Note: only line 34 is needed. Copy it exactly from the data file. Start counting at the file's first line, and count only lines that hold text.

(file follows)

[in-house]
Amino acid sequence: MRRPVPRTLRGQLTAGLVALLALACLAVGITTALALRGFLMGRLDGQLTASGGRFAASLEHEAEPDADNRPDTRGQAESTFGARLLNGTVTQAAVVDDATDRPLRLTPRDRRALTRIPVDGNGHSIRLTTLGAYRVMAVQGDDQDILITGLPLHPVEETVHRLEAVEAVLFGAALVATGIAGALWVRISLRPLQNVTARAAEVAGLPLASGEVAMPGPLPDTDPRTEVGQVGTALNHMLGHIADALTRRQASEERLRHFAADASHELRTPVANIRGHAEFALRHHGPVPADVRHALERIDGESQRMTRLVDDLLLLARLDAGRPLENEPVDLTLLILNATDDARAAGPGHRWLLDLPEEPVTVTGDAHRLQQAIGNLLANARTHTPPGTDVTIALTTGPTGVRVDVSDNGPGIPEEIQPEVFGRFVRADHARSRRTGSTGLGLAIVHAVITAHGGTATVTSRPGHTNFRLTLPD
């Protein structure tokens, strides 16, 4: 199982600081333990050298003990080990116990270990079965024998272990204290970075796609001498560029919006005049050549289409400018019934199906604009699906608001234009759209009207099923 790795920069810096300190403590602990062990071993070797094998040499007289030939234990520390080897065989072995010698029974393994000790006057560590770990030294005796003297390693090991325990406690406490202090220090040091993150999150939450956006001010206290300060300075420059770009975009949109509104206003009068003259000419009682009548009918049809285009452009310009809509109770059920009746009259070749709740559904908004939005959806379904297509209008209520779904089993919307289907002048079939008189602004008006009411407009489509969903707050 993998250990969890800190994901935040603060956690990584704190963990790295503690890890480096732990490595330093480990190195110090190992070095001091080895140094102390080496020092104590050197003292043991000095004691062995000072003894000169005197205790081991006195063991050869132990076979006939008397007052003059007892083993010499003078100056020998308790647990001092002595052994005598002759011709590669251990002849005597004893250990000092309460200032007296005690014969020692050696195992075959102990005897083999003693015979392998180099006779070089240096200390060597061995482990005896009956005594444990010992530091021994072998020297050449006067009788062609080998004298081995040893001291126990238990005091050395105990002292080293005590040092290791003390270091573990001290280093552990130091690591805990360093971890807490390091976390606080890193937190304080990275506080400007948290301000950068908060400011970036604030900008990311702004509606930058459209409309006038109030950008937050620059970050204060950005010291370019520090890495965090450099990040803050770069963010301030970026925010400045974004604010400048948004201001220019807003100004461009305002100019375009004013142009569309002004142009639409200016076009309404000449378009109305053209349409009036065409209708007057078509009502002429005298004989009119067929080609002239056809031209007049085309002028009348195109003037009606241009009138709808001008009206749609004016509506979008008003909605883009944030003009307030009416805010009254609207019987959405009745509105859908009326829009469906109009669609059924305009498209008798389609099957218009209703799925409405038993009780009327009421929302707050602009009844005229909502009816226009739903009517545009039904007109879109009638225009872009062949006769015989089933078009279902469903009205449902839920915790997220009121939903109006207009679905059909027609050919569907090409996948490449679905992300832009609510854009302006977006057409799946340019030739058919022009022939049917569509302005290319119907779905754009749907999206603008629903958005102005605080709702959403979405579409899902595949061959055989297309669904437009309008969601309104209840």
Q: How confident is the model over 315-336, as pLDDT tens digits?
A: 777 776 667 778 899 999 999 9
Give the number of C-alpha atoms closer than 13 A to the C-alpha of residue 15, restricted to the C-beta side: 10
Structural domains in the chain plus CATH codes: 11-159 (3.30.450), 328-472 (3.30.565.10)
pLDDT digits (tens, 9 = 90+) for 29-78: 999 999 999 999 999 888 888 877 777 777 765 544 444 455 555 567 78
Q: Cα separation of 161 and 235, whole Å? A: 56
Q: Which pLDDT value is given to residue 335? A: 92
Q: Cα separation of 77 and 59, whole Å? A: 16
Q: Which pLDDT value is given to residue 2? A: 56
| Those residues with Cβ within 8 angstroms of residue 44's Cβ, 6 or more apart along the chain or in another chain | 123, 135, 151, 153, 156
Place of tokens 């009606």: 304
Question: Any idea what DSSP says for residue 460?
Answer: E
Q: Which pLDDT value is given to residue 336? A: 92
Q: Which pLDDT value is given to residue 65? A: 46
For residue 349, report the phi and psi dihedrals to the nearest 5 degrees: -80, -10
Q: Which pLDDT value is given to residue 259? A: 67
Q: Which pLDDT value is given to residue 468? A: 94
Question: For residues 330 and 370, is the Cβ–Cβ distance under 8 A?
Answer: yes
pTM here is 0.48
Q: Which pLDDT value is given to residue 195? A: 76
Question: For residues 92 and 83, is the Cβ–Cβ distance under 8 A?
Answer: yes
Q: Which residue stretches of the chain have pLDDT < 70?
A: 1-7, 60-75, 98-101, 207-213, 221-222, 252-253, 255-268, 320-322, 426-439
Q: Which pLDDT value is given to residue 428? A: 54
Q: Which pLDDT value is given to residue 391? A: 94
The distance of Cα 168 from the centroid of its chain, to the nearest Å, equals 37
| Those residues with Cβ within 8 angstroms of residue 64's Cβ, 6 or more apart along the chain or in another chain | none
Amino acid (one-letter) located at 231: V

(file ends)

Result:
Amino acid (one-letter) located at 231: V